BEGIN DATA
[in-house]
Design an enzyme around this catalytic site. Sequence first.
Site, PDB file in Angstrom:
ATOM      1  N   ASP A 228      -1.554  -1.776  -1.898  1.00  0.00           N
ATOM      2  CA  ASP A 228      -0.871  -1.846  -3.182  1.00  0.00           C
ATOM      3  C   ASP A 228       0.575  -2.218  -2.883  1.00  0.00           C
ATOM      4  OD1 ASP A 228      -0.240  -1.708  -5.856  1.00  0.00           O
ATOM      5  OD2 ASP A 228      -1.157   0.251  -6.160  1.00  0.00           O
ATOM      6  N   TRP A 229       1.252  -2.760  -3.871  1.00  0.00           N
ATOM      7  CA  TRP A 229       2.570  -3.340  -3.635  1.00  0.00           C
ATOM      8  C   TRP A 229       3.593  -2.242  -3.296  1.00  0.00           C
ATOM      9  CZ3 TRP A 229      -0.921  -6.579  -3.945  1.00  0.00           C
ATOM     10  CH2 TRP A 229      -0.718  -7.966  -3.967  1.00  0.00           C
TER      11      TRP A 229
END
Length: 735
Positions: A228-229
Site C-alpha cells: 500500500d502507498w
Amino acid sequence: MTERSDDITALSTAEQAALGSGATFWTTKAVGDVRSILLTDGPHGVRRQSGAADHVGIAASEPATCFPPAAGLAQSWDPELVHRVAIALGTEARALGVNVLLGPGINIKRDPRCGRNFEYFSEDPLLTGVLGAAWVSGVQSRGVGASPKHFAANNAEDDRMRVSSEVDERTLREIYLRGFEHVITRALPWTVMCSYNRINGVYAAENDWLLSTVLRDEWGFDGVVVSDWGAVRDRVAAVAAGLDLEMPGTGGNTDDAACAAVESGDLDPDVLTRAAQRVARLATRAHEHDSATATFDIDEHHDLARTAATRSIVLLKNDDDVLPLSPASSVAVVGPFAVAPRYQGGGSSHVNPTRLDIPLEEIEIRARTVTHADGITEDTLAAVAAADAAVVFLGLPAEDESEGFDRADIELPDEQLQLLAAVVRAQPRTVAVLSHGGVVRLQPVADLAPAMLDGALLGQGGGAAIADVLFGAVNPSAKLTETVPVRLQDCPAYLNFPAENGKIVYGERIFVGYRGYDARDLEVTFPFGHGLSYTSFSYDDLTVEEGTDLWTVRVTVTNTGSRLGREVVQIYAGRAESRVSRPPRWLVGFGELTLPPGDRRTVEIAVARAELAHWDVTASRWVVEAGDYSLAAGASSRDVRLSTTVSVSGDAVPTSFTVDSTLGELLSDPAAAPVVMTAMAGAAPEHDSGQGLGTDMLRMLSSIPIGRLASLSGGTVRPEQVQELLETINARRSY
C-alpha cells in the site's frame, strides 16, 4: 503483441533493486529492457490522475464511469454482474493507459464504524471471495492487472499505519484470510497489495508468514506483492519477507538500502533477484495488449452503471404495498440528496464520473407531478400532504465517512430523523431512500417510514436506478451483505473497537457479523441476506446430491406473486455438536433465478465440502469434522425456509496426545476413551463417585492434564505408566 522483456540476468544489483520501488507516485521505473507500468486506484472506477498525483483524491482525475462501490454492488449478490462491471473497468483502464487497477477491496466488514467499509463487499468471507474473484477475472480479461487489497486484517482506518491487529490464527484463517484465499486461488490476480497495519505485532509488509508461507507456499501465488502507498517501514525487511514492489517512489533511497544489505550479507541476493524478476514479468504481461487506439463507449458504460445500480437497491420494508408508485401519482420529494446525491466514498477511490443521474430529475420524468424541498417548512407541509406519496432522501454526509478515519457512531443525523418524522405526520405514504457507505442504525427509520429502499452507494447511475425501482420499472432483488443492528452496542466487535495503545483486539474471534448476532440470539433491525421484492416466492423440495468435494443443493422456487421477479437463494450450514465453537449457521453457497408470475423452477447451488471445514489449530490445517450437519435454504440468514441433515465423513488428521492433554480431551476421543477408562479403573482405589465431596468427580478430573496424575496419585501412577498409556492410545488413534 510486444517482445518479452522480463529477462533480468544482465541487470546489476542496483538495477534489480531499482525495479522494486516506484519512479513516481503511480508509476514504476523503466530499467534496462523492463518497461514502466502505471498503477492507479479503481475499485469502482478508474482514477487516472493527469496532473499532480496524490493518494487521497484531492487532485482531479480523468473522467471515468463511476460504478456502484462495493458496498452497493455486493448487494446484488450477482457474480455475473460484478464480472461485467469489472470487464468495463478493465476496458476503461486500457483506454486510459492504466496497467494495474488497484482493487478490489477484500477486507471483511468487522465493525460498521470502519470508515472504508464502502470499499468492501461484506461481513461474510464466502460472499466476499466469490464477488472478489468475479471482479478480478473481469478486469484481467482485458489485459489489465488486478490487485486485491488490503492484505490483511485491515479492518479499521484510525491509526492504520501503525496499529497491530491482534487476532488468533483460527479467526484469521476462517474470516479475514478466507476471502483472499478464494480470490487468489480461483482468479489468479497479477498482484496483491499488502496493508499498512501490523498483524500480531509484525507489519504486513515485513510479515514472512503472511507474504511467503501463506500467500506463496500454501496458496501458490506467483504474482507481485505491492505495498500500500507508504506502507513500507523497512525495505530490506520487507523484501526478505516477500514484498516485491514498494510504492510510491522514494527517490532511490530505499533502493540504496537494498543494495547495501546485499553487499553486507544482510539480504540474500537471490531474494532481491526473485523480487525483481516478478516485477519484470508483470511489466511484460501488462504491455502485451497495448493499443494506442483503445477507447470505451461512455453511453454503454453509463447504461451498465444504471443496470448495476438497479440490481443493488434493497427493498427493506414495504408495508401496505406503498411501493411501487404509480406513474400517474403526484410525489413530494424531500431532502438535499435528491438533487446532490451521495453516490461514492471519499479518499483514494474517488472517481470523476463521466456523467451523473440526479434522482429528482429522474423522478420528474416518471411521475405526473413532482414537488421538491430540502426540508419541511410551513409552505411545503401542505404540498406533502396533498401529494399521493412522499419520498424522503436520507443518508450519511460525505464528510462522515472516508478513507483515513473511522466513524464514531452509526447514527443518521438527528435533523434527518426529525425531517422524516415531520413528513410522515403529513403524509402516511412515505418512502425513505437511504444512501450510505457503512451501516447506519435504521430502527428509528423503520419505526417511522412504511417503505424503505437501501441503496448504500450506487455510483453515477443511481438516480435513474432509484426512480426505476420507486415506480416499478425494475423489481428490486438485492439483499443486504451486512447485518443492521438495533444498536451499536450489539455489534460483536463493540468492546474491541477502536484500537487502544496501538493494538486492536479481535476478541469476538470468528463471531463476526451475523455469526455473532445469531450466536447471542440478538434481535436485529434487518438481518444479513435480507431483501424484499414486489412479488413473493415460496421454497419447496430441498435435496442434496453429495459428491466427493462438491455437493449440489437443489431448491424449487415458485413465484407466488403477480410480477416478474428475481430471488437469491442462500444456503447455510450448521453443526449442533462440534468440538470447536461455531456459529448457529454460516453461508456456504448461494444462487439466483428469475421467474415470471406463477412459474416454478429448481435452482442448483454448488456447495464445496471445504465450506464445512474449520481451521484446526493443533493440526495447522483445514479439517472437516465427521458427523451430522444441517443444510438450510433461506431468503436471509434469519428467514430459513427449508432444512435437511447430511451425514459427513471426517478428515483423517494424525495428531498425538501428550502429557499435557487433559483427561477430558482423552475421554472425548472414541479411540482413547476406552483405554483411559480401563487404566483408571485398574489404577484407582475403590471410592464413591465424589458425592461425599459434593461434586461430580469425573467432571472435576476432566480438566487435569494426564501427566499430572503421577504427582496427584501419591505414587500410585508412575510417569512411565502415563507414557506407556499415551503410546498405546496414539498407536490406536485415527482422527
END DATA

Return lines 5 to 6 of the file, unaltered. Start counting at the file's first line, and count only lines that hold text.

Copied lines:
ATOM      2  CA  ASP A 228      -0.871  -1.846  -3.182  1.00  0.00           C
ATOM      3  C   ASP A 228       0.575  -2.218  -2.883  1.00  0.00           C